About Us | Help Videos | Contact Us | Subscriptions

Soil Science Society of America Journal Abstract -

Predicting Removal of Major Soil Cations and Anions during Acid Infiltration: Model Evaluation


This article in SSSAJ

  1. Vol. 56 No. 3, p. 944-950
    Received: Mar 25, 1991

    * Corresponding author(s):
Request Permissions

  1. L. A. Gaston,
  2. R. S. Mansell  and
  3. H. M. Selim
  1. USDA-ARS Southern Weed Science Lab., Stoneville, MS 38776
    Soil Science Dep., 2171 McCarty Hall, Univ. of Florida, Gainesville, FL 32611
    Dep. of Agronomy, 104 Sturgis Hall, Louisiana State Univ., Baton Rouge, LA 70803



Models for the effects of acid deposition on soil acidification generally have not been adequately validated, especially under conditions of simultaneous water flow. The objective of this study was to assess the capability of a simple model for soil acidification and solute transport to describe changes in solution- and sorbed-phase compositions of acid soil subjected to inputs of H ion. Columns of Cecil series (clayey; kaolinitic, thermic Typic Kanhapludult) and Candler series (hyperthermic, uncoated Typic Quartzipsamment) soils were leached with pH 3.0, 3.7, and 4.7 solutions. Effluent was collected in fractions and analyzed for ionic composition. Evaluation of model performance was based on a comparison of soil column leachate compositions to model predictions. The model adequately described effluent pH. However, it tended to overpredict concentrations of basic cations removed by infiltration of pH 3.0 and 3.7 solutions. Conversely, the model underpredicted concentrations of Al in the effluent from columns leached with pH 4.7 acid. These discrepancies may reflect an inadequacy of simple equilibrium models for cation exchange and Al solubility. Extension of the model to include exchange kinetics improved predictions of effluent Ca and Mg concentrations. An empirical model for Al solubility better described effluent Al concentrations than did the equilibrium dissolution of gibbsite.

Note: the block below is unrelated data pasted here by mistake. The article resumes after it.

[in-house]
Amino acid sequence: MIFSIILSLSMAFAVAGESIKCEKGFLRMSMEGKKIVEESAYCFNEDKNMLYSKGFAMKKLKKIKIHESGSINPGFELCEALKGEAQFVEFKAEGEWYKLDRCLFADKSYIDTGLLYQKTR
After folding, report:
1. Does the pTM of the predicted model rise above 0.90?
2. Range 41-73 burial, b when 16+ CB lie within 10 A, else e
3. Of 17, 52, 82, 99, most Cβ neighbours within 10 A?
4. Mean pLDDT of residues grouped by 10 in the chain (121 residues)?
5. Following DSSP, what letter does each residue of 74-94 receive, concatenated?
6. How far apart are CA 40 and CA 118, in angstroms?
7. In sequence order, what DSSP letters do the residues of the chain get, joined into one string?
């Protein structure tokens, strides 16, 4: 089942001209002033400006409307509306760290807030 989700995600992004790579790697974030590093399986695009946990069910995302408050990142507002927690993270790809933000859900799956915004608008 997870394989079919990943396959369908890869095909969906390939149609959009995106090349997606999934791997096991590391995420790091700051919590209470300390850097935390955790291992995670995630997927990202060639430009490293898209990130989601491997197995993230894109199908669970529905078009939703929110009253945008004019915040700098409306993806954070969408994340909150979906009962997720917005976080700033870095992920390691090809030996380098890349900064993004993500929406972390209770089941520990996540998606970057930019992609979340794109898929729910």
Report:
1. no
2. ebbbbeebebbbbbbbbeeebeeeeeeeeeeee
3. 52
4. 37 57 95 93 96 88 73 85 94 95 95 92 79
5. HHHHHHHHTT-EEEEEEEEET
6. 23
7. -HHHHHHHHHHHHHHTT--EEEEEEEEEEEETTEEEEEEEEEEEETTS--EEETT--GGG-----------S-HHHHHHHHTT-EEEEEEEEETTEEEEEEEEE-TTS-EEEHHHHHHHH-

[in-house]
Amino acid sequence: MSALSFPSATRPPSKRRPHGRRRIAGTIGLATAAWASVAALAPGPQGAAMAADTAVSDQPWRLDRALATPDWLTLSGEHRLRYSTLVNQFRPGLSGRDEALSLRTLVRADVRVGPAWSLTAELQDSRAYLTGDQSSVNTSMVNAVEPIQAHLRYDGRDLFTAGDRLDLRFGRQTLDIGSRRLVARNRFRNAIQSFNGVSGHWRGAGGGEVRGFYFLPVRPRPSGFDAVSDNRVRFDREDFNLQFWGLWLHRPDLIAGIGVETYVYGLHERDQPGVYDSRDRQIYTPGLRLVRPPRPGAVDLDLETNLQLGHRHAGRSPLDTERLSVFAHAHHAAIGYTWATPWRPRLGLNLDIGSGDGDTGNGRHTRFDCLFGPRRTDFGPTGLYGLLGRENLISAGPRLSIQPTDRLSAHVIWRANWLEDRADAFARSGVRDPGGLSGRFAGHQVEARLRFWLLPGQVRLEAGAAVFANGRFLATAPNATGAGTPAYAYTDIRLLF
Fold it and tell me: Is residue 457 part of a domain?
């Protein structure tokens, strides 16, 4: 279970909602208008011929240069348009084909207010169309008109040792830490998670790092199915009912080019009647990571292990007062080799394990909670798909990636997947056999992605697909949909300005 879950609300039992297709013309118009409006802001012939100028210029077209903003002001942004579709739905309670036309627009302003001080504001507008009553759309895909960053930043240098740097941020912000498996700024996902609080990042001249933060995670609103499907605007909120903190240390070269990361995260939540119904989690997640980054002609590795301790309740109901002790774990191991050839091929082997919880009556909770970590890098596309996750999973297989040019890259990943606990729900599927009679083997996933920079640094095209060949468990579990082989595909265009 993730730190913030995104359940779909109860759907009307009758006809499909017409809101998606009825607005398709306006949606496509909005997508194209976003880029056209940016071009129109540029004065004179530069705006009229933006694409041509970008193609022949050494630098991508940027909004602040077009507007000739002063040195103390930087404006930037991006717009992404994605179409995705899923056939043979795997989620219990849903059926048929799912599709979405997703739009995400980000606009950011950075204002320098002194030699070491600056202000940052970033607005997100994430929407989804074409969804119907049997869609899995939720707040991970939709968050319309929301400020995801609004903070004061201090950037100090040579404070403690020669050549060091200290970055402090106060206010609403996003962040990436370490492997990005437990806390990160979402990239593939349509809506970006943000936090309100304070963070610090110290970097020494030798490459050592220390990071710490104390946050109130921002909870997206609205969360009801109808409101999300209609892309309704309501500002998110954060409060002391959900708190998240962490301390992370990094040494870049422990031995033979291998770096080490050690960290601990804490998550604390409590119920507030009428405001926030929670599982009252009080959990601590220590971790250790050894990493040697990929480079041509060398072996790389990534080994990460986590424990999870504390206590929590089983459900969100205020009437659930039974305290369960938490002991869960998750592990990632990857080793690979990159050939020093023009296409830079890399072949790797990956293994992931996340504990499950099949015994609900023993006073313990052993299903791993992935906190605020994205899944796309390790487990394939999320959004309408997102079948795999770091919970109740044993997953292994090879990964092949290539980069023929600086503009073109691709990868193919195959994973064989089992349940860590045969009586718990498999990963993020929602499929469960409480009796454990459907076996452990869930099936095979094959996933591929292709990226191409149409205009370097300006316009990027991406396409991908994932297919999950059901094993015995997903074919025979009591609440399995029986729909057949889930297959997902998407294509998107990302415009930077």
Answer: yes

Please view the pdf by using the Full Text (PDF) link under 'View' to the left.

Copyright © . Soil Science Society of America